Save Me the Plums: My Gourmet Memoir by Ruth Reichl
I’d not heard of Ruth Reichl before a news reporter recommended this book. I had heard of Gourmet Magazine and have no memories of ever reading it.
I liked the book for these reasons:
It provides a window into the New York world of Condé Nast. As a Midwesterner New York seems exotic even though my brother in law lives there. It’s important to gain a broader understanding of the publishing world and to know something about it. Save Me the Plums provides that.
We all need some light summer reading to escape the sh*t storm our current politics, public health crisis, and climate crisis create in 2020. The food writing in Save Me the Plums is unlike anything I’ve read. While not sure of the attraction of something that tastes like sea foam, Reichl takes us into a world few of my cohort experience for themselves.
The book is well written and that makes a difference.
Recommend, especially if one is part of the broader American food movement. One wouldn’t want to be Ruth Reichl yet her story is interesting, different and valuable.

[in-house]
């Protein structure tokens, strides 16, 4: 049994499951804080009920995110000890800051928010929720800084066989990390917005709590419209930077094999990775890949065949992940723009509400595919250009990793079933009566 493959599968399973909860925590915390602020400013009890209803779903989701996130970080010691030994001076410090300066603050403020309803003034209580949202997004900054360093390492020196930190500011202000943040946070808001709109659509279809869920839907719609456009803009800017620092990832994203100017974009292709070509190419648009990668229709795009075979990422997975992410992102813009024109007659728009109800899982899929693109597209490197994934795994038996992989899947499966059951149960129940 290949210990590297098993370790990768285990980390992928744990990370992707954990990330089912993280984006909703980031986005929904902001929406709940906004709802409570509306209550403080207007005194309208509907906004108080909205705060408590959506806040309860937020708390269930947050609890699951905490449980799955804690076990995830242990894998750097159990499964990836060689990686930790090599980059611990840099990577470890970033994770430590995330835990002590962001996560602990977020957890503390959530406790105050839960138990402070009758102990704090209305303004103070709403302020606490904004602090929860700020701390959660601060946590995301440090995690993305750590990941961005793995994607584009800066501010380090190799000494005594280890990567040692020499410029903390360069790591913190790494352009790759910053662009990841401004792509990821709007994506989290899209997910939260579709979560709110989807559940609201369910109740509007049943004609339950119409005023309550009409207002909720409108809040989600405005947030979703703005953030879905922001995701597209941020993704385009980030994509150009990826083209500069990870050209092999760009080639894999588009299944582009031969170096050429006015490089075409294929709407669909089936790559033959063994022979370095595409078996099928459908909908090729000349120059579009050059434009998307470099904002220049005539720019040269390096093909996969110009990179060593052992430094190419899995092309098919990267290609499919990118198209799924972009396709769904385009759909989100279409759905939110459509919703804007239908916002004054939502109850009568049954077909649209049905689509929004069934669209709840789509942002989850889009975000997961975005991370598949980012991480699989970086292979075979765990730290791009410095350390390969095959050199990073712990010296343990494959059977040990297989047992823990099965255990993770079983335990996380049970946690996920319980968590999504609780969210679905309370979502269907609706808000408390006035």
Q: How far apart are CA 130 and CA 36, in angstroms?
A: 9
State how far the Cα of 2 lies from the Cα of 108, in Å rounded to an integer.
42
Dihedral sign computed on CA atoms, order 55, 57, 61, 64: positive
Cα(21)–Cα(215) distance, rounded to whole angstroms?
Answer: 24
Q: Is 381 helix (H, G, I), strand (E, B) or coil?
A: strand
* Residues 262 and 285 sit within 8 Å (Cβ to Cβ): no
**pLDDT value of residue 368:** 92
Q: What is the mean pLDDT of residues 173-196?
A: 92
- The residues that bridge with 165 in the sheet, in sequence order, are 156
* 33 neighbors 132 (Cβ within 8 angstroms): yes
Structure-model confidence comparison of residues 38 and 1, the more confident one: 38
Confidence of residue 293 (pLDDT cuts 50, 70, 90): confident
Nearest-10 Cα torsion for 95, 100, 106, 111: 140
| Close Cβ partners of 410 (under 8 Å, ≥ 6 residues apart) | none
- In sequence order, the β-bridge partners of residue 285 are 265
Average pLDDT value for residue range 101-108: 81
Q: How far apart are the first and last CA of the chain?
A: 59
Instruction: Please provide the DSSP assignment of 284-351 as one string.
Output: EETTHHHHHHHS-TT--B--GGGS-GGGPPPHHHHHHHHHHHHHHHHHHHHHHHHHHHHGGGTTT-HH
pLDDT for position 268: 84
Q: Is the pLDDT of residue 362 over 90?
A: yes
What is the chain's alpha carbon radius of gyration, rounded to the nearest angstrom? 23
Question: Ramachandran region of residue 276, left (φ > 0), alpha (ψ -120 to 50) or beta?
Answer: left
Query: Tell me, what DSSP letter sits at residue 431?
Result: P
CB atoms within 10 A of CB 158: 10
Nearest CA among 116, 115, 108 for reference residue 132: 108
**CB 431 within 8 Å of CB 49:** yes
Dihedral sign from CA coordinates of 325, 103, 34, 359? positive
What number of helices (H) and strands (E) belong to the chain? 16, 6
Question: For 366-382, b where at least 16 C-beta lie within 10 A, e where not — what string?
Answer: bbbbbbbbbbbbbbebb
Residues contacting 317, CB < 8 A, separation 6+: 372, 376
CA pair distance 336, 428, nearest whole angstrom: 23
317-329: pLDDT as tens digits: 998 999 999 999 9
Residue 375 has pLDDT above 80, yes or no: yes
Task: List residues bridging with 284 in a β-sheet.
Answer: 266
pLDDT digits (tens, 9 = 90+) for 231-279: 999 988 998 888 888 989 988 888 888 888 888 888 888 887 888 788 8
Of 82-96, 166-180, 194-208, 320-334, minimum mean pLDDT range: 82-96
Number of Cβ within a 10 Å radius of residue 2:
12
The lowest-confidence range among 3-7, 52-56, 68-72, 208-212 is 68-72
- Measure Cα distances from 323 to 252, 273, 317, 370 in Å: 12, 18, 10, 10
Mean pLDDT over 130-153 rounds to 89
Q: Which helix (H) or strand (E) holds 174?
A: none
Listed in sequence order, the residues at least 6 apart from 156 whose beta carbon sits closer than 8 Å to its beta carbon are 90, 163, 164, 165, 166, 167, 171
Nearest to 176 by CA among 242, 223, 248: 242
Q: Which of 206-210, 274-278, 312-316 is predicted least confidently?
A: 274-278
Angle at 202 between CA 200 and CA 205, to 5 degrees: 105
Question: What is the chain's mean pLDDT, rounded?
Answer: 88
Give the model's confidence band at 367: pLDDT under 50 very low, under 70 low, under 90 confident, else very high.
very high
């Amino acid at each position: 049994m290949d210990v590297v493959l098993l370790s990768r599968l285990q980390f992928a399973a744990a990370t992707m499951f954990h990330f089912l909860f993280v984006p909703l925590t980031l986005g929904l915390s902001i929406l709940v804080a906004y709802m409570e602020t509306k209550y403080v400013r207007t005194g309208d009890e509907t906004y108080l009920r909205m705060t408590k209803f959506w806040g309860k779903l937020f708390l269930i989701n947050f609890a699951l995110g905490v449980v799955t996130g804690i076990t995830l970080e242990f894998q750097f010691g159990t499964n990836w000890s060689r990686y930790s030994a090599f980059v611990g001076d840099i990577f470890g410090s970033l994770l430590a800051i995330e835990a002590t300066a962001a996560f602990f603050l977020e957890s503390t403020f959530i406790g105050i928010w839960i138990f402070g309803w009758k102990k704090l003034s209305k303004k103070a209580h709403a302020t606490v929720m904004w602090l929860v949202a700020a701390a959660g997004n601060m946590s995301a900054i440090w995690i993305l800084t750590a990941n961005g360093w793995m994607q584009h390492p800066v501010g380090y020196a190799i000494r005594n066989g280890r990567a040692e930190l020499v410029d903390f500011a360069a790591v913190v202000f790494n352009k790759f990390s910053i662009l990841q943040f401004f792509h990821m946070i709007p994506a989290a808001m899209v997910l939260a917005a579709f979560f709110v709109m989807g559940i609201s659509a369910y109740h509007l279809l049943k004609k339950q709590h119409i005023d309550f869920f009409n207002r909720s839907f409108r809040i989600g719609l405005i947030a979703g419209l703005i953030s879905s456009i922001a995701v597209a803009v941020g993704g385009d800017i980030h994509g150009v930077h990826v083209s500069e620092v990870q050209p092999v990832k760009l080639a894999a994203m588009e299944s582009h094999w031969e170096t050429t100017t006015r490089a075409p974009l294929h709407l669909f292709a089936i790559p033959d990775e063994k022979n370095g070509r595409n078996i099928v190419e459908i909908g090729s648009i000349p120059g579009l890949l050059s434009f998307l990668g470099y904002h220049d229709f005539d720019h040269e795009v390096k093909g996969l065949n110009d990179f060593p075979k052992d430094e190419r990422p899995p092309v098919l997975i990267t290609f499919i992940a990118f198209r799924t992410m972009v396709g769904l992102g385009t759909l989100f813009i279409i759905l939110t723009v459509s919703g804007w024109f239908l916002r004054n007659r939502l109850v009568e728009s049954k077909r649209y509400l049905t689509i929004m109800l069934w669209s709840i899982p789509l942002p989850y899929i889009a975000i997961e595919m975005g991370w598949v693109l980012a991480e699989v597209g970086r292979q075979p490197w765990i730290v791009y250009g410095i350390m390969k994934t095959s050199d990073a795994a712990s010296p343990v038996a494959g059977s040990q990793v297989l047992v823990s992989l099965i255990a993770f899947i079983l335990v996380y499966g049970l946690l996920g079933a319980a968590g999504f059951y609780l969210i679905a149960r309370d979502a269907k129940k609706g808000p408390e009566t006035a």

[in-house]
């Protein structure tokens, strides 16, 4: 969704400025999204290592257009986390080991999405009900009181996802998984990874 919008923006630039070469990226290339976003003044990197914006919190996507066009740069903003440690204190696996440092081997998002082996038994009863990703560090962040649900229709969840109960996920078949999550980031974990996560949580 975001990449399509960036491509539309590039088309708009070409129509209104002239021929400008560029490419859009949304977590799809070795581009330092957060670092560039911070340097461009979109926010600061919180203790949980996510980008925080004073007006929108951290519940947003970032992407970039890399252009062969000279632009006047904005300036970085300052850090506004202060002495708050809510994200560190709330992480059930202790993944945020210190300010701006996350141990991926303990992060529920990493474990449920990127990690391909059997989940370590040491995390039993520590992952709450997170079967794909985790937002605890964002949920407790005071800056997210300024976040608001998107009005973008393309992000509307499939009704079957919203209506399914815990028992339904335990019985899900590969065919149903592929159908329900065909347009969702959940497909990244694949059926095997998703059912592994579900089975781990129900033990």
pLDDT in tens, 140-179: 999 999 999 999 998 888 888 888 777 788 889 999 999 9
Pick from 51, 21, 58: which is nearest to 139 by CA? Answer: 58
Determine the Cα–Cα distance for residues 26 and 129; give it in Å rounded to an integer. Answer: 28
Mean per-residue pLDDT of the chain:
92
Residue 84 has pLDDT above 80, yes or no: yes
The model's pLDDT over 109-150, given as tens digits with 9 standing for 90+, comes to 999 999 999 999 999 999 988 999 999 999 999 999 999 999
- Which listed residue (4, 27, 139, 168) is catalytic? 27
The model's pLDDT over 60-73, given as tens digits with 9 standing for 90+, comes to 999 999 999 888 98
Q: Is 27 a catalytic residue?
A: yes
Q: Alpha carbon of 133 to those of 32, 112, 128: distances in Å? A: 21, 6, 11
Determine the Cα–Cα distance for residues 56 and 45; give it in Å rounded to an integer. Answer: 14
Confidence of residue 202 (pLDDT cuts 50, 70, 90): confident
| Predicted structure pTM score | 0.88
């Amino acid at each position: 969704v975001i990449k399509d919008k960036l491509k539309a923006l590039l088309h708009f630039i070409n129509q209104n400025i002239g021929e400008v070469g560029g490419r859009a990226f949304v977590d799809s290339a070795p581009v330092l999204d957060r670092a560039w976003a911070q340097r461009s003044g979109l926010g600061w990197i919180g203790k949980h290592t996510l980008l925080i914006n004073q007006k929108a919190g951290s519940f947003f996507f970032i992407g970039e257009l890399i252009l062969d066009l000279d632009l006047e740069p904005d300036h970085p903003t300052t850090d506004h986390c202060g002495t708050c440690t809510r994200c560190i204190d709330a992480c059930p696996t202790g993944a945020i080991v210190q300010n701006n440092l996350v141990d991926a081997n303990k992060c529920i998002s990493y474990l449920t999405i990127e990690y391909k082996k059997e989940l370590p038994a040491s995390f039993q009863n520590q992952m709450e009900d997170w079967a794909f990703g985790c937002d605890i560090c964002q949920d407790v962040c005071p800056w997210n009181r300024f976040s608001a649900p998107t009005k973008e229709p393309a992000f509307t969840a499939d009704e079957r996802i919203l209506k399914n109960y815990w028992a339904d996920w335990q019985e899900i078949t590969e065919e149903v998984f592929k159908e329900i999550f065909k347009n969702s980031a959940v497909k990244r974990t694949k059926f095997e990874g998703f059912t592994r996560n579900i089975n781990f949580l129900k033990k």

A Cook’s Tour of Iowa is a well-curated collection of culinary culture that represents a certain view of Iowa. It’s the picture Iowans can recognize. We also recognize many of the things mentioned as fading in cultural prominence.
As a resource for writing autobiography, the book conjures personal memories of Iowa things like the Grant Wood Art Festival, Maytag Blue Cheese, the African-American community in Buxton, Iowa, and many more. It is indispensable for that reason.
What is lacking is the diversity of what Iowa has become, even since 1988 when the first edition of A Cook’s Tour appeared. Our culture is also leaving behind things like VEISHA, Old Creamery Theater (no longer in Garrison, or Amana), and some of the festivals and events to which Puckett referred.
If we had an Iowa-themed dinner party, picnic or cookout, one might search the book’s contents for dishes to make for pure nostalgia. However, life in Iowa has become more than that.
I appreciate the work that went into A Cook’s Tour of Iowa. I may not open it often, but knowing it is there provides comfort as the food system changes along with the society that engendered it.
At 168 pages, the book takes readers through the founders’ vision of the courts, the Powell Memo, the growing influence of fossil fuels companies on the court, judicial review, and the constitution’s preference for property rights over human rights. Hartmann also covers the court’s involvement in key American movements and issues, including labor, abolition, racism, abortion, environmentalism, and the rise of the TEA Party. The final section of the book offers solutions to “save the planet, democratize, and modernize the Supreme Court. It’s a page turner.